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Old 22nd February 2021, 14:29   #61
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Re: E-Bikes (electric bicycle) : A comprehensive guide

Hey Folks
Very interesting and useful thread. I am now looking for an e-bike that I can transport to weekend getaways at resorts. I don't plan to use it within Bangalore city except for quick shopping errands. After a weeks research I have come up with the following check-list:

1. Hub drive
2. Front suspension
3. Spring loaded seats
4. Removeable Battery
5. Folding bike
6. 18" (folding) or <24" Rims (removeable front wheel, worst case)
7. Tubeless MTB Tyres
8. IP67 control panel and Electricals (rain proof)
9. Full (semi-cricle) MudGuard
10. Adjustable Handle Height
11. Adjustable Seat Height
12. Rear+Front Carrier accessories
13. Disc Brakes
14. OFF switch lock for Control Panel (so kids/miscreants cannot tamper with or switch on when parked outside)
17. Cut-Off Brakes ( automatically cut-off power everytime brakes applied)
18" Minimum 5-6 speed gears

The reason for 18" rim folding bike preference is ability to transport in car and carrying up and and down the apartment lift.

I was checking some online reviews of Hero Lectra series and simply could not fathom the stupidity of not having the control panel rated to IP67 - what drives such lack of judgement in a country that sees such heavy rains is a mystery to me. If I am going to be spending upwards of 20k for a bike I would not settle for one without it.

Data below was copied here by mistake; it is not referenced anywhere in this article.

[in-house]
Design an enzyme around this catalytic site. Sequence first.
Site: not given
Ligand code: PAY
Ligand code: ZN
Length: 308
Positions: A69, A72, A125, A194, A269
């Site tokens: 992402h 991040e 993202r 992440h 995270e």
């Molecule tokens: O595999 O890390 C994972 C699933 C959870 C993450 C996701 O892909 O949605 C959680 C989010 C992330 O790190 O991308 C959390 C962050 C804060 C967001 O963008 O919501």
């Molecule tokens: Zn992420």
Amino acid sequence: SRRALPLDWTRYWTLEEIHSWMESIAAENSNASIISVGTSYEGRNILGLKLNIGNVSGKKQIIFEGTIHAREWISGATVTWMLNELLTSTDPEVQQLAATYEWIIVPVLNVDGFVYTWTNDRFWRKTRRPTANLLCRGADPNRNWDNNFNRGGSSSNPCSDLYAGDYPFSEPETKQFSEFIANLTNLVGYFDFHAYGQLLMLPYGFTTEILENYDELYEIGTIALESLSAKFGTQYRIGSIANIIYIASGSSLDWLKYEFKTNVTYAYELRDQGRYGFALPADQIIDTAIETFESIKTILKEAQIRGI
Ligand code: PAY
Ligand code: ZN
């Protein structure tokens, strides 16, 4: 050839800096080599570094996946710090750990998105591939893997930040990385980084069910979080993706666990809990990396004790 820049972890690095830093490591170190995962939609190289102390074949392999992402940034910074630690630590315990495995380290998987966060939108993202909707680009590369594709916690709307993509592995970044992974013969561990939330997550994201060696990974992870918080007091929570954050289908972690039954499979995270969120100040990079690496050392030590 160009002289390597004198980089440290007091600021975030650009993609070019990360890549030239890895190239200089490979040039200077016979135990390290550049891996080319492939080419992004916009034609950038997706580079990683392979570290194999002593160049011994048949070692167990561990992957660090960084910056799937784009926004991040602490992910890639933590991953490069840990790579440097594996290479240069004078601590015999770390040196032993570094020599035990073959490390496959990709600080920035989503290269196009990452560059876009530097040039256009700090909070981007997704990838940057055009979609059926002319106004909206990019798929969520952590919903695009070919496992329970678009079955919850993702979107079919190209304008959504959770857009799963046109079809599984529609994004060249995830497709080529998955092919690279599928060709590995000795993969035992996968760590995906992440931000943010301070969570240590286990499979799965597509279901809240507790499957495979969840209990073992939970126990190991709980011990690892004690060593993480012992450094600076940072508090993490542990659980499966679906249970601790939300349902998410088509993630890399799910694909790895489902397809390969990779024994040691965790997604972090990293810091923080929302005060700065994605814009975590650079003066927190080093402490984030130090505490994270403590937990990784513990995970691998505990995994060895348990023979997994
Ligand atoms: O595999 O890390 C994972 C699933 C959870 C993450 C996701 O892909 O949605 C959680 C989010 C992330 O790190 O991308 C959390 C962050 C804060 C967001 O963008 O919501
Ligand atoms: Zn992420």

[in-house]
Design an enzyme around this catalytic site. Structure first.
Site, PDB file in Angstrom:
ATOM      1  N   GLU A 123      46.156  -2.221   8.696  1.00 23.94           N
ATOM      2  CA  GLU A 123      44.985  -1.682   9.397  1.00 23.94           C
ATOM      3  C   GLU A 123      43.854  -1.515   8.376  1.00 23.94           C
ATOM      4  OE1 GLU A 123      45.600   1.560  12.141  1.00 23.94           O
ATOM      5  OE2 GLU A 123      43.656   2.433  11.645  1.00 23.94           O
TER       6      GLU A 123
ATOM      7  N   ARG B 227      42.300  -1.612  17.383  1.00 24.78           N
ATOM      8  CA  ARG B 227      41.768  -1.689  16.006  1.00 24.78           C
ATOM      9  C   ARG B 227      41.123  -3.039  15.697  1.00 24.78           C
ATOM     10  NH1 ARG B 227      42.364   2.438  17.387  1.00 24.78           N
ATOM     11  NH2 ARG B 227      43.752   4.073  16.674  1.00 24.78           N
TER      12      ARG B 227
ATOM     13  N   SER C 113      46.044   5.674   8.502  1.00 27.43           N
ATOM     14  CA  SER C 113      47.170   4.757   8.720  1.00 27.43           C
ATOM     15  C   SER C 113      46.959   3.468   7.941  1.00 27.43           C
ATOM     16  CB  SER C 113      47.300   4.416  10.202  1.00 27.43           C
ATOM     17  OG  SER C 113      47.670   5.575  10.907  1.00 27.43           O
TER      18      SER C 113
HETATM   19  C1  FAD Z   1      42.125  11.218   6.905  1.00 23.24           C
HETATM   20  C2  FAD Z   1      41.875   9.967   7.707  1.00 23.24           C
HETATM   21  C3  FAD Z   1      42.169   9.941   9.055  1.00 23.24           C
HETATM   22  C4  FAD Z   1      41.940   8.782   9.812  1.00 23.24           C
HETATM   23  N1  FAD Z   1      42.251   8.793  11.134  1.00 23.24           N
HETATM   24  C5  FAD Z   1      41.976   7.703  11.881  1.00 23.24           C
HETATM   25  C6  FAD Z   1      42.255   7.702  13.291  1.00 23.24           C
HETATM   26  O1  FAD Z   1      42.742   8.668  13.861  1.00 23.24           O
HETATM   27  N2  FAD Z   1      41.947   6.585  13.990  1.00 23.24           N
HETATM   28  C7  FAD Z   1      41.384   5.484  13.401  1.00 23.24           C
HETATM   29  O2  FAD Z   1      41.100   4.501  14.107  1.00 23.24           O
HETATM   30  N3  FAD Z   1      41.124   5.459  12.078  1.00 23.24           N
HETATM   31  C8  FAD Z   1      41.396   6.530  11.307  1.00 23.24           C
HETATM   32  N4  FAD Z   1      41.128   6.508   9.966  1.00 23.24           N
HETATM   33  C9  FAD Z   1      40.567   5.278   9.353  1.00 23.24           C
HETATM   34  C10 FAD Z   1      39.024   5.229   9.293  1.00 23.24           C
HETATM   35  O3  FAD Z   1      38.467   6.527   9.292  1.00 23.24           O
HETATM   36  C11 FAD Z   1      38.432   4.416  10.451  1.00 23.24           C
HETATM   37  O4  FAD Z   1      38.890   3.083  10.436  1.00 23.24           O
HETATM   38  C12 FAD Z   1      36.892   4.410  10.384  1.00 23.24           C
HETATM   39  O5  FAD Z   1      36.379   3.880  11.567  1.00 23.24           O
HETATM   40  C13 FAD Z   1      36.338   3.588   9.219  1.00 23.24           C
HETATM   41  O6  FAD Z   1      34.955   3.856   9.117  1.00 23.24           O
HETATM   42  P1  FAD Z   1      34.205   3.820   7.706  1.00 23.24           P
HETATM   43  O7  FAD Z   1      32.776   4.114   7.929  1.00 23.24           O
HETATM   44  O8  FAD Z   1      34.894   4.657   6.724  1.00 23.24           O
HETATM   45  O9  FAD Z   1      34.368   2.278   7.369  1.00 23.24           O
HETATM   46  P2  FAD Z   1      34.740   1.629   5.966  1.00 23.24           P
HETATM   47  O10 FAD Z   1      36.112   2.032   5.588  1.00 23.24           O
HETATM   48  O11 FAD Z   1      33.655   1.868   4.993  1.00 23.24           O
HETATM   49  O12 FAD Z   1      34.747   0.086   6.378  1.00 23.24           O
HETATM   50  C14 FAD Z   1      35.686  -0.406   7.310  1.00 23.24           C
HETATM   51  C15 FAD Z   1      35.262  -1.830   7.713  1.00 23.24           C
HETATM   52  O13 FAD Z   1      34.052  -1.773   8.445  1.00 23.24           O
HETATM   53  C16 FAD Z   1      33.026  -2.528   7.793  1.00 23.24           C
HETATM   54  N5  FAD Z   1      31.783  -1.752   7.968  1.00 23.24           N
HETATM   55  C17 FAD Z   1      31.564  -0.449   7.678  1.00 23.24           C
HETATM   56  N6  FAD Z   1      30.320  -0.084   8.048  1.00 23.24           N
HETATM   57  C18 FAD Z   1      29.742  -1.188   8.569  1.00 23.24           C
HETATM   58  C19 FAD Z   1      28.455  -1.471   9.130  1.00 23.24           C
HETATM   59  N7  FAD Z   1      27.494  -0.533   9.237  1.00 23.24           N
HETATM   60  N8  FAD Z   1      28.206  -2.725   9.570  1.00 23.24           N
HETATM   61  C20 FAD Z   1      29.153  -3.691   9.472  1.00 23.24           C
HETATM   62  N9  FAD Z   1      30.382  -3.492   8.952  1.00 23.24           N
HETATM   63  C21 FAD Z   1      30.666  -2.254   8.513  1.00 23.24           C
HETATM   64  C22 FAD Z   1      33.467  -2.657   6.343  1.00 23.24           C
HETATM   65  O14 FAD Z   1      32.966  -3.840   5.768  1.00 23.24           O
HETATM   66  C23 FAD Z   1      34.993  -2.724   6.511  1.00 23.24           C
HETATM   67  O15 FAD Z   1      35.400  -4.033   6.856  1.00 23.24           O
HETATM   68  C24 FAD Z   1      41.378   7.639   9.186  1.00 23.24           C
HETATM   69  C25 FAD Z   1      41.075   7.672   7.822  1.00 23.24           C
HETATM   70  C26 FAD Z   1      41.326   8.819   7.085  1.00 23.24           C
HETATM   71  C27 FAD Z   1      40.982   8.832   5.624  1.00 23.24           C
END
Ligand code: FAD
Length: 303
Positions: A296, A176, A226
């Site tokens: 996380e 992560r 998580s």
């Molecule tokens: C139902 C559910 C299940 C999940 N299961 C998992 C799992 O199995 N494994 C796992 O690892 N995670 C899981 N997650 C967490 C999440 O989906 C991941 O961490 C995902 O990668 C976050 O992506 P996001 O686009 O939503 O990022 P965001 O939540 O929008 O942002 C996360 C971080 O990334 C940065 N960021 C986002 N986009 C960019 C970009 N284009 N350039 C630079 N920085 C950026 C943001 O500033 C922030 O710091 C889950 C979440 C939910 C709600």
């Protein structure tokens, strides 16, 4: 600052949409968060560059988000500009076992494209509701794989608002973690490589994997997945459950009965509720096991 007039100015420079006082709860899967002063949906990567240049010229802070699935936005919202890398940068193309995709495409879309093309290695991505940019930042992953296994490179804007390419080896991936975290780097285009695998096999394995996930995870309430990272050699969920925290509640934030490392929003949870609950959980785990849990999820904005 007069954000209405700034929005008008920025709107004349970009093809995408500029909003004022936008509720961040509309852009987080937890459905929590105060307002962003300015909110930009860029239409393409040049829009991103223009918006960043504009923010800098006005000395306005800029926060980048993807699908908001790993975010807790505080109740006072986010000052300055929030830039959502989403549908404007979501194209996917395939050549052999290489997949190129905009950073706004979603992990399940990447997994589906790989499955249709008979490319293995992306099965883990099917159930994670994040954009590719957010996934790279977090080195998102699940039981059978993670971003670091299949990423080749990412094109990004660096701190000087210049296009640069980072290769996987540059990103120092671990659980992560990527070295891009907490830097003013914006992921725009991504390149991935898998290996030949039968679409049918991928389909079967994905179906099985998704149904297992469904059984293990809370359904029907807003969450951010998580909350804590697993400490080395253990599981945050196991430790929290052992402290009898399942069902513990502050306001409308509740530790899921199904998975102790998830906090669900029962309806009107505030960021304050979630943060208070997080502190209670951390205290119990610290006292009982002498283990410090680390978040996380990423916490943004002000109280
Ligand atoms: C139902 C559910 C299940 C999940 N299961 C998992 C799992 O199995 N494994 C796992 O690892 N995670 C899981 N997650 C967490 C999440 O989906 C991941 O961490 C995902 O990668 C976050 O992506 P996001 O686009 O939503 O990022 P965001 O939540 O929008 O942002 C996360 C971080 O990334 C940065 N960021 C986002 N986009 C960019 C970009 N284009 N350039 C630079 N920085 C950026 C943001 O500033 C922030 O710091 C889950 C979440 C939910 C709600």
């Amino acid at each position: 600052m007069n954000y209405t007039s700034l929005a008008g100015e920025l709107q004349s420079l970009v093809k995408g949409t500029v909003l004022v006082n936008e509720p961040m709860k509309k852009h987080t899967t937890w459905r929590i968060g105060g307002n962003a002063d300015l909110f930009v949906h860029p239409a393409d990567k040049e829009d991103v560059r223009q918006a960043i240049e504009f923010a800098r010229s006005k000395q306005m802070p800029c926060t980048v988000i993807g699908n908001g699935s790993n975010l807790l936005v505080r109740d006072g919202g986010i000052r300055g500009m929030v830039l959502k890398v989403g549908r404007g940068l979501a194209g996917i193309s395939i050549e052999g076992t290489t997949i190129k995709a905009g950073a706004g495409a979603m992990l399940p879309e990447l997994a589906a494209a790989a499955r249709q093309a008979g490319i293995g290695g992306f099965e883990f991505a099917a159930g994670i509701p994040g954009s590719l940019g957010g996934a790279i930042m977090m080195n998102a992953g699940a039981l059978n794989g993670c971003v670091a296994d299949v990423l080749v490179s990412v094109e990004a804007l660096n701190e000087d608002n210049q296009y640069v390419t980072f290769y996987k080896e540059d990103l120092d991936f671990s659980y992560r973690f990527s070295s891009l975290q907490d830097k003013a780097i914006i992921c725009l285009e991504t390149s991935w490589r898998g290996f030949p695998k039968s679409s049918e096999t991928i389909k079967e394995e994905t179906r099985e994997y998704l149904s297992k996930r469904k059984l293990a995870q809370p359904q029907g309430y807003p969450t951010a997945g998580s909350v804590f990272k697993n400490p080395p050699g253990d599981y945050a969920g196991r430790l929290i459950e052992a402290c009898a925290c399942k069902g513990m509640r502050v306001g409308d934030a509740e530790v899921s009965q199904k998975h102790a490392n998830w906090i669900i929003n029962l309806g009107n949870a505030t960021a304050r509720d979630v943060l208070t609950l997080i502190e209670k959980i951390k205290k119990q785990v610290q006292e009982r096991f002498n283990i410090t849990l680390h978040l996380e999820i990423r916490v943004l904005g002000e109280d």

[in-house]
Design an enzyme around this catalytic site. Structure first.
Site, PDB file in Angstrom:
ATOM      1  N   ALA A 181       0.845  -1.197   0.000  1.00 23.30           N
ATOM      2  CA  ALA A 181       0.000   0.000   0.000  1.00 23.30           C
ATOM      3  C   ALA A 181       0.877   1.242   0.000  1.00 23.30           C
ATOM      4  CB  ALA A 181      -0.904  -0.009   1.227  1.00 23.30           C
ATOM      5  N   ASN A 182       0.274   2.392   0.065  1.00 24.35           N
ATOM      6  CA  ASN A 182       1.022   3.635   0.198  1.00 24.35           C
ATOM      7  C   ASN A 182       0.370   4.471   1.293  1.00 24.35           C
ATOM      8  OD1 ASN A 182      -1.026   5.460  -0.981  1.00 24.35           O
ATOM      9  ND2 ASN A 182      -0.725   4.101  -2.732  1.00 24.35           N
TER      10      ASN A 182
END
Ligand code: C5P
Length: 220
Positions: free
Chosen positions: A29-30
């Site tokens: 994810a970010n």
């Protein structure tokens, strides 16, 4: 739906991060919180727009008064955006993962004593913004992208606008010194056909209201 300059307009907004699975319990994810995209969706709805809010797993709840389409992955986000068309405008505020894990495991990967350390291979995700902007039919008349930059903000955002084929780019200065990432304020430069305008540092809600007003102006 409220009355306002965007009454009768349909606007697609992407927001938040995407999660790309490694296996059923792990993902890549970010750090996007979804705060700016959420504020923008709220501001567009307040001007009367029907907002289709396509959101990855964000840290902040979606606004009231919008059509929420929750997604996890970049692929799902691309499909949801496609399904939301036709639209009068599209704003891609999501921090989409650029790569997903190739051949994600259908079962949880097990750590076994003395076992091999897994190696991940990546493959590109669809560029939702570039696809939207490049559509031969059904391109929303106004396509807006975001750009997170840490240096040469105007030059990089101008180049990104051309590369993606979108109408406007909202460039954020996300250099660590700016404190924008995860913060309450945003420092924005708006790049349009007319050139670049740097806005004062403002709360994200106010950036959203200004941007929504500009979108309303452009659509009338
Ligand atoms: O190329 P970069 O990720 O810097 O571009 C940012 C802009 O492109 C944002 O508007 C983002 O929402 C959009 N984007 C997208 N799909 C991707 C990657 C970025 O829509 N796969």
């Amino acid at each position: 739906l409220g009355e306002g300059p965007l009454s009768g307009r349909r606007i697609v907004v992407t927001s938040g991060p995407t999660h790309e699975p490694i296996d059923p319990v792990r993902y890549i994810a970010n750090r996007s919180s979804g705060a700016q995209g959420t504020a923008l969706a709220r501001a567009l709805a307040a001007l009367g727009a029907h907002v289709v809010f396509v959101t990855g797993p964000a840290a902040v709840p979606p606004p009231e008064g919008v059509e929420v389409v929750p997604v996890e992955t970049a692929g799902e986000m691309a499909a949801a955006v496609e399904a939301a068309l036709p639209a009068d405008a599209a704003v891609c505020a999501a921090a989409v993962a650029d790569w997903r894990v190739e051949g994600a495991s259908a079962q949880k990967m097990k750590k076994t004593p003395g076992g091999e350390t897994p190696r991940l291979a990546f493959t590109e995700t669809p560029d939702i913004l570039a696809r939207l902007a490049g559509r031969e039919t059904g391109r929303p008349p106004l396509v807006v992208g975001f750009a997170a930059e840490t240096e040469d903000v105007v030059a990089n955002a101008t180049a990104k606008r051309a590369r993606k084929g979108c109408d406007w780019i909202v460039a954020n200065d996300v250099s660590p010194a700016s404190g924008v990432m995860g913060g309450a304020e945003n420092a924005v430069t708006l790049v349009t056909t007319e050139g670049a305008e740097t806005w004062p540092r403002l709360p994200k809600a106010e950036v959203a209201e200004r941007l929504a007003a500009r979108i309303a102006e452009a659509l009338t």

I have a question around item (9) - how effective are the straight-line mud-guards in Indian road conditions of muddy puddles? Are the round mud-guards easily available?
I haven't seen many modern bikes with a traditional mud-guard in ages and I have witnessed horrifying sights of unsuspecting bikers with lovely expensive clean sports wear with a gash of dirty road mud splattered vertically across their backs. The Indian market seems to be blindly following "phoren" trends of open wheels just like the oppressive closed shoe designs with unbreathable fabrics which are simply terrible Indian summers and more suited to cold countries that need to keep your feet protected from the biting cold. The no mud-guard trend is another fashion that similarly I cannot understand... (unless one is biking like an athlete)! Seems misplaced in our country...

Lastly point (6) - are removable front wheels theft proof or can a miscreant easily walk away with them when parked outside?

Last edited by Ragul : 22nd February 2021 at 14:37.
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Old 24th March 2021, 05:24   #62
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Re: E-Bikes (electric bicycle) : A comprehensive guide

Quote:
Originally Posted by Ragul View Post
Hey Folks
Very interesting and useful thread. I am now looking for an e-bike that I can transport to weekend getaways at resorts. I don't plan to use it within Bangalore city except for quick shopping errands. After a weeks research I have come up with the following check-list:

1. Hub drive
2. Front suspension
3. Spring loaded seats
4. Removeable Battery
5. Folding bike
6. 18" (folding) or <24" Rims (removeable front wheel, worst case)